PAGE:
What are the World Youth Days?
World Youth Days are international meetings of young people from all around the world, which along with their priests, bishops and the Pope gather all in one place to proclaim faith in Jesus Christ.
Who is their originator?
The originator and the first host of these Days was Saint John Paul II, who gathered youth in Rome (1984, 1985, 2000), Buenos Aires (1987), Santiago de Compostela (1989), Częstochowa (1991), Denver (1993), Manila (1995), Paris (1997) and Toronto (2002).
WYD – Pope & Youth. Together.
After passing away of John Paul II the continuator of this beautiful dialogue between the Youth and the Church became Pope Benedict XVI, which presided meetings in Cologne (2005), Sydney (2008) and Madrid (2011). Thanks to His service Christ was constantly proclaimed and worshiped by young people of all the continents, and the Church could notice it’s young and happy face, so needed by modern world.
In July 2013 (Rio de Janeiro) with young people met Pope Francis. He also announced that the next Youth Meeting will in 2016 is going to be in Kraków, Poland.
As a date of establishing World Youth Days one could think 20th December, 1985, when John Paul II on Christmas Meeting expressed desire for World Youth Days to be every year on Palm Sunday as a diocesan meeting and every 2–3 years in a place chosen by Him as international meeting.
Community, formation and joy of faith
The purpose for the Days is experience of the huge Community of the Catholic Church, listening to God’s Words, celebrating Confession and Eucharist and joyful proclaiming of Jesus Christ as the Lord and Saviour.
After the Days in Diocese stage, all the people are invited to go to the diocese which the Holy Father chose as a place to organise Central Celebrations (during WYD 2016 it’s Kraków). The youth gathers there for a week. On Monday people arrive in Kraków, on Tuesday the Opening Mass is celebrated, on Wednesday, Thursday and Friday young people are invited to catechesis and youth festivals (Calasantian Day!), on Saturday they go to vigil place and participate in the vigil with the Pope, and on Sunday they take part in ceremonial Holy Mass ending WYD. Central events are accompanied by special meeting zones, called Reconciliation Zone and Expo-Vocation.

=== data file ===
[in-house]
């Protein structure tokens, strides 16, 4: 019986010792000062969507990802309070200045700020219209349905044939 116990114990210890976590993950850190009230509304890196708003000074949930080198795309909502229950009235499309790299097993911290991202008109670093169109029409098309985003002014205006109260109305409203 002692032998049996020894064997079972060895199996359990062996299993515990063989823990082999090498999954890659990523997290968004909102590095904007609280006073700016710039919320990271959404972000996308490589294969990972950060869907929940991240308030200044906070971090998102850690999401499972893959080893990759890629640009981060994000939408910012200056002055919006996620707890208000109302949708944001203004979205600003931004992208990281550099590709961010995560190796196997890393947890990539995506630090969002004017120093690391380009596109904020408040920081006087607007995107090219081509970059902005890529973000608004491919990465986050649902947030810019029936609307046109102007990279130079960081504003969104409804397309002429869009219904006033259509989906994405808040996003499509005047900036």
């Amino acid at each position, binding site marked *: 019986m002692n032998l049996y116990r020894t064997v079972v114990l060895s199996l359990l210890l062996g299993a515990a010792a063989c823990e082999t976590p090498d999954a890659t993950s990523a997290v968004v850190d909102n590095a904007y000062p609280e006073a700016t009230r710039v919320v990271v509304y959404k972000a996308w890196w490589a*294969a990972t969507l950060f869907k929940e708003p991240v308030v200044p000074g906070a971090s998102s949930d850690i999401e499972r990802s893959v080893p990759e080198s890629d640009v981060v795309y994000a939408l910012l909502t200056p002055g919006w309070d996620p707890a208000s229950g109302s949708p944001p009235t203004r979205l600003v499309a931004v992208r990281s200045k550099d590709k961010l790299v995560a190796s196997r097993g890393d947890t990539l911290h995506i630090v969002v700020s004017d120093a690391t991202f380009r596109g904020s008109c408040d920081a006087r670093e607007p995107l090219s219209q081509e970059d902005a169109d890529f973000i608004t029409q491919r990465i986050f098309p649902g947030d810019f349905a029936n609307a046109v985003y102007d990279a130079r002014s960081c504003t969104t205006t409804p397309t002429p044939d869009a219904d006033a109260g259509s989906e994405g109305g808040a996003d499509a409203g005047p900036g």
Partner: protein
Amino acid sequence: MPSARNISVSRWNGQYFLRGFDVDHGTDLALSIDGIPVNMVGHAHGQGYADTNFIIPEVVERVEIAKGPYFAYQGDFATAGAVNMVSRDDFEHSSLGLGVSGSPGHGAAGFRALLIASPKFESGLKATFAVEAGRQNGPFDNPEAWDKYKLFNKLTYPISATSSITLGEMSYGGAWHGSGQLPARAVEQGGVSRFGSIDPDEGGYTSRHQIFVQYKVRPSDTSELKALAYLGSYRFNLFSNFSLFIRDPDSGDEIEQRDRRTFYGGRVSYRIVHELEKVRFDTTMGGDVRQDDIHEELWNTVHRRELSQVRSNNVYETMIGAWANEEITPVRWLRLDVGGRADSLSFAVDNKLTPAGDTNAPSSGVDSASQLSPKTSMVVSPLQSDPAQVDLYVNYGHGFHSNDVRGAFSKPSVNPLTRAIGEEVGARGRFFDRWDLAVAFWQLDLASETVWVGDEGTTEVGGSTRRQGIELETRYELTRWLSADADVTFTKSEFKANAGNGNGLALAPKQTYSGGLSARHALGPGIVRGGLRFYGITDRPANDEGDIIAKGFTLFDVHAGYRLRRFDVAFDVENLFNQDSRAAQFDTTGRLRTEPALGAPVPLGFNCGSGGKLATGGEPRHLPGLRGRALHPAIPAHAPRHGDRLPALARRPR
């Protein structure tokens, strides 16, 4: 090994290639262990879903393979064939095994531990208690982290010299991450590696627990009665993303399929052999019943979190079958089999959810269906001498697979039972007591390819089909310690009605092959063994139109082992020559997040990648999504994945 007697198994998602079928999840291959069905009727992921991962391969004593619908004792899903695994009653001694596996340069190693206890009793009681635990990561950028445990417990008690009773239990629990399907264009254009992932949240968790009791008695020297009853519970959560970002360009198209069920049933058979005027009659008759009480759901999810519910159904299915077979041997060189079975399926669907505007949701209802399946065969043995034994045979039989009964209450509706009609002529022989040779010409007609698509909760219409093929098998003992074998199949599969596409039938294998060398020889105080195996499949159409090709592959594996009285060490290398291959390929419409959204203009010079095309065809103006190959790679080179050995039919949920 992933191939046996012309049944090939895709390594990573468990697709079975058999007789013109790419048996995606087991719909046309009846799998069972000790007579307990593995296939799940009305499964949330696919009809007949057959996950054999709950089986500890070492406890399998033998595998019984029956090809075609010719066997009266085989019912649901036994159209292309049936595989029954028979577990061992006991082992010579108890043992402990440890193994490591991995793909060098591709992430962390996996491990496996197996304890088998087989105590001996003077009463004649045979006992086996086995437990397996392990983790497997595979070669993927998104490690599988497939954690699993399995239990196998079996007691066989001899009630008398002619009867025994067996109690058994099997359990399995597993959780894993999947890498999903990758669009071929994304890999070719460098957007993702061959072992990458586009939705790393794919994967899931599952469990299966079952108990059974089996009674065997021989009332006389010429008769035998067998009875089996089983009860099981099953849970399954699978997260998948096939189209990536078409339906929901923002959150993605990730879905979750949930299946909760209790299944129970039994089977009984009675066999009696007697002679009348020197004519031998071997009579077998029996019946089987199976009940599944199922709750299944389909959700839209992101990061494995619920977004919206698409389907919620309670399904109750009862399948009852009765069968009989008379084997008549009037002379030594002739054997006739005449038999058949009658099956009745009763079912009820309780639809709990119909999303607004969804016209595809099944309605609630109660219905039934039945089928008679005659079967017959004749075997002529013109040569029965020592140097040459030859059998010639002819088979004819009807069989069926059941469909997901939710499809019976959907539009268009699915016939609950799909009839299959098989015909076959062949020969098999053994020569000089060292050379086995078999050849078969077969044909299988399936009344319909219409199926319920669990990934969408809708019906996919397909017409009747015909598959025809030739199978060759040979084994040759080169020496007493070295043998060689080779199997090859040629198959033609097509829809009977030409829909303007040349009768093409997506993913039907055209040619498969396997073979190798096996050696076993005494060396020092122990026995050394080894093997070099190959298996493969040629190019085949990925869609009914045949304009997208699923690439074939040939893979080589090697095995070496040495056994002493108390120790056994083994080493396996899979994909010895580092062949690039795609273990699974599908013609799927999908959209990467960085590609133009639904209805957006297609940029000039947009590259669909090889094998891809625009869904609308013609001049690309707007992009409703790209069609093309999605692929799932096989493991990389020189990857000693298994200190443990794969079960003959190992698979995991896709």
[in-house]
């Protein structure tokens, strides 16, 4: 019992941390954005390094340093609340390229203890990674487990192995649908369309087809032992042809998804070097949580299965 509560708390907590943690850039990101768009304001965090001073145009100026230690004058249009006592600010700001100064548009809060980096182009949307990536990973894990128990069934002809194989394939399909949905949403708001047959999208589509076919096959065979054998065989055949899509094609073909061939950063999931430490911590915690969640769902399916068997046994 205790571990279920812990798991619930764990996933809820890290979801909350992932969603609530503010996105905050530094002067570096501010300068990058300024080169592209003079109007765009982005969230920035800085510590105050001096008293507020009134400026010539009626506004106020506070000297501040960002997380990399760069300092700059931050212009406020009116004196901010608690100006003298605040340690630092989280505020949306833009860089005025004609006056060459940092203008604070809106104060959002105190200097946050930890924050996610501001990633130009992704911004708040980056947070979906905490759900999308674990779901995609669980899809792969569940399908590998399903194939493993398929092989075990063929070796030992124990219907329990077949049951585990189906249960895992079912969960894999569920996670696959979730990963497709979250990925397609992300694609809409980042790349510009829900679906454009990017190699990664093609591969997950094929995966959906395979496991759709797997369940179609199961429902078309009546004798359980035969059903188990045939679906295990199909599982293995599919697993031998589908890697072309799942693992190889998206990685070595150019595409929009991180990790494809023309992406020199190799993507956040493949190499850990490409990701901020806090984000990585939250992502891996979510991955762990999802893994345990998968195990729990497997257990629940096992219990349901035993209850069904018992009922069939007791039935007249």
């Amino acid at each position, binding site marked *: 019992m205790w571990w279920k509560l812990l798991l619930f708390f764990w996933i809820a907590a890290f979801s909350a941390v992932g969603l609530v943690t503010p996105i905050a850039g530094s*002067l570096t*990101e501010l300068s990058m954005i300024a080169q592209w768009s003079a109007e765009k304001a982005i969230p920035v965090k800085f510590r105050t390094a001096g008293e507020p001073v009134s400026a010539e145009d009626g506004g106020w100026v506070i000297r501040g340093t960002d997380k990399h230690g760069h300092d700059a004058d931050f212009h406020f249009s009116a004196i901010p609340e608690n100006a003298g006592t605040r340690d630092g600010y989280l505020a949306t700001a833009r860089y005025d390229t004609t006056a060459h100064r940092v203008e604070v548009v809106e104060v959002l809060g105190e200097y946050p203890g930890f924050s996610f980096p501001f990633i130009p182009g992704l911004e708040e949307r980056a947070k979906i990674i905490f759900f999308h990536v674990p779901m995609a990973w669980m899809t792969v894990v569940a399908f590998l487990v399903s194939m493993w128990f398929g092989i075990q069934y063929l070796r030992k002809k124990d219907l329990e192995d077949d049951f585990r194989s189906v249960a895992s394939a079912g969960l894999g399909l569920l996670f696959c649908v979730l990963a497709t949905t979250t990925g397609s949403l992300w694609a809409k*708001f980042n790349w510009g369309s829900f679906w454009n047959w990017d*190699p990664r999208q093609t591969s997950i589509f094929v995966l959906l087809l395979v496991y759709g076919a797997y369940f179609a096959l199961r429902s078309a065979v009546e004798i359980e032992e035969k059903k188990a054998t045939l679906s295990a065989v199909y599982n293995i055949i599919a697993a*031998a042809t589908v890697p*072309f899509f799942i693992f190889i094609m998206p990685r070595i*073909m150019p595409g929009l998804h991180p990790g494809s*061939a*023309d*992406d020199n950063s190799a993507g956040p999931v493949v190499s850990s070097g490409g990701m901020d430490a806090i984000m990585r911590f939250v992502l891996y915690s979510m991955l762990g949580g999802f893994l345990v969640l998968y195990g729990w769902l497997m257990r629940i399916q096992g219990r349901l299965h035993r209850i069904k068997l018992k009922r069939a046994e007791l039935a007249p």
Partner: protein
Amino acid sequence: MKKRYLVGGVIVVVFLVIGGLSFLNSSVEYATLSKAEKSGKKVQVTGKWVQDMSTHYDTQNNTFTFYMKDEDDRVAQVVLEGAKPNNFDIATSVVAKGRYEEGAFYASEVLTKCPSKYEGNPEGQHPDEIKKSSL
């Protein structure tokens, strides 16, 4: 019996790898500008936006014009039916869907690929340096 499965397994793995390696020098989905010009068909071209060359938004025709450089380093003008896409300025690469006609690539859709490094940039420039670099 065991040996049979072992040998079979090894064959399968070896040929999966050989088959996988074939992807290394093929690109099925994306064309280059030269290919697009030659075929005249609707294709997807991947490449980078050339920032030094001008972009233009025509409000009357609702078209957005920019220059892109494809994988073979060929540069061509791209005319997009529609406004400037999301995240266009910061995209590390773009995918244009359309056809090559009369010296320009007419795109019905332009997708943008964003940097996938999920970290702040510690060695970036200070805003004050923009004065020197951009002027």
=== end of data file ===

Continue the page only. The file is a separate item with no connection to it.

Logo of WYD
Logo of the XXXI World Youth Day Kraków 2016 is an illustration of the words “Blessed are the merciful, for they shall receive mercy.”, which have been chosen as the main theme of the Meeting.
There are three main topics of symbols in Logo:
Place of the meeting
Poland – the host country of WYD in 2016 is Poland. Logo has been depicted inside the red outline of Poland (red is one of the national colours). Poland is homeland of St. John Paul II, zealous worshiper and apostle of God’s Mercy, originator of WYD. This is also the place of birth for St. Faustina Kowalska, through which Our Lord Jesus Christ reminded the world about his Mercy.
Kraków – in the outline of Poland, in form of yellow circle has been place Kraków. This is the city of Basilica of Divine Mercy, to which since early years of childhood pilgrimed Karol Wojtyla – firstly laborer, then priest, bishop and cardinal. From there he set out in 1978 on a journey to Rome for the conclave. As John Paul II he came back here during all of his pilgrimages to Homeland. During the last of pilgrimages, in 2002 year he called this place a worldwide center of God’s Mercy worship and he entrusted the world to God’s merciful love.
Christ – the substance of every World Youth Day is meeting with Christ. He is symbolised by the Cross, which is one of the main elements of the logo.